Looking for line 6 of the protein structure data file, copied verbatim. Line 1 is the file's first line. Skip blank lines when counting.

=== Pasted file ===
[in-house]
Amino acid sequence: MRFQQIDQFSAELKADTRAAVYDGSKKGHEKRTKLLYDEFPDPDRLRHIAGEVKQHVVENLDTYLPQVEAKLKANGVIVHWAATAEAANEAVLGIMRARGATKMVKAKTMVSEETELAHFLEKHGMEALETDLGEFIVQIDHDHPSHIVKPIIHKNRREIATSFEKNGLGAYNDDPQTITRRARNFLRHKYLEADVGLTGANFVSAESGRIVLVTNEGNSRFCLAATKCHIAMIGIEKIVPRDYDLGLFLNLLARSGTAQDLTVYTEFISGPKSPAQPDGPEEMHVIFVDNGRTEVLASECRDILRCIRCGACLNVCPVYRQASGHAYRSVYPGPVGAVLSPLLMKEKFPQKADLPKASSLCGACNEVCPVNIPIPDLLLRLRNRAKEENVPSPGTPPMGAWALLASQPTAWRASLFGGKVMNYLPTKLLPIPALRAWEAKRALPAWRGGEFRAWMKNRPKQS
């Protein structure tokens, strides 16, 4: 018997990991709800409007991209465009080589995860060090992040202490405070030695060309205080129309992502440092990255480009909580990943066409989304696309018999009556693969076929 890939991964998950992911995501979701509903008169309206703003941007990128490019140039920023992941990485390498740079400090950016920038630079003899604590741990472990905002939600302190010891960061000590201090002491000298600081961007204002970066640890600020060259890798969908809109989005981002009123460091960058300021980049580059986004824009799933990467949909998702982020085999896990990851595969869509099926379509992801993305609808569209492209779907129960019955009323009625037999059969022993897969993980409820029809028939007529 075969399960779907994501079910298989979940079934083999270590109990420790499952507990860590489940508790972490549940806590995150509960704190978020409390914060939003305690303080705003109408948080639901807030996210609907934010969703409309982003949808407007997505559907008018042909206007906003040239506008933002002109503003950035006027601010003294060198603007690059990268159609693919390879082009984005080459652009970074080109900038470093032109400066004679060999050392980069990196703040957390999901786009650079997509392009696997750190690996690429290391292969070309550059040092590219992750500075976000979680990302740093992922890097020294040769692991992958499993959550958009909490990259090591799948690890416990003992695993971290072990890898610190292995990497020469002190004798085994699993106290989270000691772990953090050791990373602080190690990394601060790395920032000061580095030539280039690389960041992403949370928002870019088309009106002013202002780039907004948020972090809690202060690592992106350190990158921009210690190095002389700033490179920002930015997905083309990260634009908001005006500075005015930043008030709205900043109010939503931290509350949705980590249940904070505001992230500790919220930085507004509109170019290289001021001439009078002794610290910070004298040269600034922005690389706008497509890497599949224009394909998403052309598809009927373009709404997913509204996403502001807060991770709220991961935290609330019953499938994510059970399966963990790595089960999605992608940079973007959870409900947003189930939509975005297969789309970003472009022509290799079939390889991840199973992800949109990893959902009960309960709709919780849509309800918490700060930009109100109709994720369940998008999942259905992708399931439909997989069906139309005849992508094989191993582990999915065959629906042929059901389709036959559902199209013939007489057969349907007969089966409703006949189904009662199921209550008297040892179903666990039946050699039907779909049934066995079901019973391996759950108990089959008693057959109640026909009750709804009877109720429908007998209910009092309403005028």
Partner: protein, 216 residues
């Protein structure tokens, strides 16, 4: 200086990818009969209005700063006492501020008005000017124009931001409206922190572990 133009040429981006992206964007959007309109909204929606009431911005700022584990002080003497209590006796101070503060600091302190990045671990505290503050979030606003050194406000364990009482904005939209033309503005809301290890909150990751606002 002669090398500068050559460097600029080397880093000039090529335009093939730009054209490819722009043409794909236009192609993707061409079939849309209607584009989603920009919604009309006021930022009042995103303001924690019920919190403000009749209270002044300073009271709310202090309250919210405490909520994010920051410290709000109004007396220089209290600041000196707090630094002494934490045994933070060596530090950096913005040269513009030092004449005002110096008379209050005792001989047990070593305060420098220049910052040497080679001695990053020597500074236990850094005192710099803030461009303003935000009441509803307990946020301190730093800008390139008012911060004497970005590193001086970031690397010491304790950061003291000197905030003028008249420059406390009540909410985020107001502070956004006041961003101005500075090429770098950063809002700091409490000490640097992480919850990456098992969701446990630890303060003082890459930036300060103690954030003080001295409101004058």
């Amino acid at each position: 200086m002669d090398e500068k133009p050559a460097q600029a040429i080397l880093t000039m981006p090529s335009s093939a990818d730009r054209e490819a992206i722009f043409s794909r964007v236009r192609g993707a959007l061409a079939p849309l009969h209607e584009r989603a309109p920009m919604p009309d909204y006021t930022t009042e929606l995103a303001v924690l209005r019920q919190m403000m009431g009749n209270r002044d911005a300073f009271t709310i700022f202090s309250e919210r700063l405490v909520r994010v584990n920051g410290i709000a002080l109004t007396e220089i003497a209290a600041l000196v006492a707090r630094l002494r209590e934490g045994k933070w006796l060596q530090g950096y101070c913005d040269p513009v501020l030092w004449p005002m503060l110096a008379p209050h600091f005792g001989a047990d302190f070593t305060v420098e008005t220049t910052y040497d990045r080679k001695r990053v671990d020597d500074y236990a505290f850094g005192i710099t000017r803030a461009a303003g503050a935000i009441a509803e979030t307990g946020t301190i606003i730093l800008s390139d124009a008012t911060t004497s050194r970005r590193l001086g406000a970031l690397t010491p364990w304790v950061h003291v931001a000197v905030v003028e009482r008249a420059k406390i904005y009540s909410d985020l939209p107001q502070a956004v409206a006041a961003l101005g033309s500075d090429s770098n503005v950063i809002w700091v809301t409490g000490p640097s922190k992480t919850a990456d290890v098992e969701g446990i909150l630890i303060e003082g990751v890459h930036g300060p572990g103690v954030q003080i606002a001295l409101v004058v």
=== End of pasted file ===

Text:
């Amino acid at each position: 200086m002669d090398e500068k133009p050559a460097q600029a040429i080397l880093t000039m981006p090529s335009s093939a990818d730009r054209e490819a992206i722009f043409s794909r964007v236009r192609g993707a959007l061409a079939p849309l009969h209607e584009r989603a309109p920009m919604p009309d909204y006021t930022t009042e929606l995103a303001v924690l209005r019920q919190m403000m009431g009749n209270r002044d911005a300073f009271t709310i700022f202090s309250e919210r700063l405490v909520r994010v584990n920051g410290i709000a002080l109004t007396e220089i003497a209290a600041l000196v006492a707090r630094l002494r209590e934490g045994k933070w006796l060596q530090g950096y101070c913005d040269p513009v501020l030092w004449p005002m503060l110096a008379p209050h600091f005792g001989a047990d302190f070593t305060v420098e008005t220049t910052y040497d990045r080679k001695r990053v671990d020597d500074y236990a505290f850094g005192i710099t000017r803030a461009a303003g503050a935000i009441a509803e979030t307990g946020t301190i606003i730093l800008s390139d124009a008012t911060t004497s050194r970005r590193l001086g406000a970031l690397t010491p364990w304790v950061h003291v931001a000197v905030v003028e009482r008249a420059k406390i904005y009540s909410d985020l939209p107001q502070a956004v409206a006041a961003l101005g033309s500075d090429s770098n503005v950063i809002w700091v809301t409490g000490p640097s922190k992480t919850a990456d290890v098992e969701g446990i909150l630890i303060e003082g990751v890459h930036g300060p572990g103690v954030q003080i606002a001295l409101v004058v």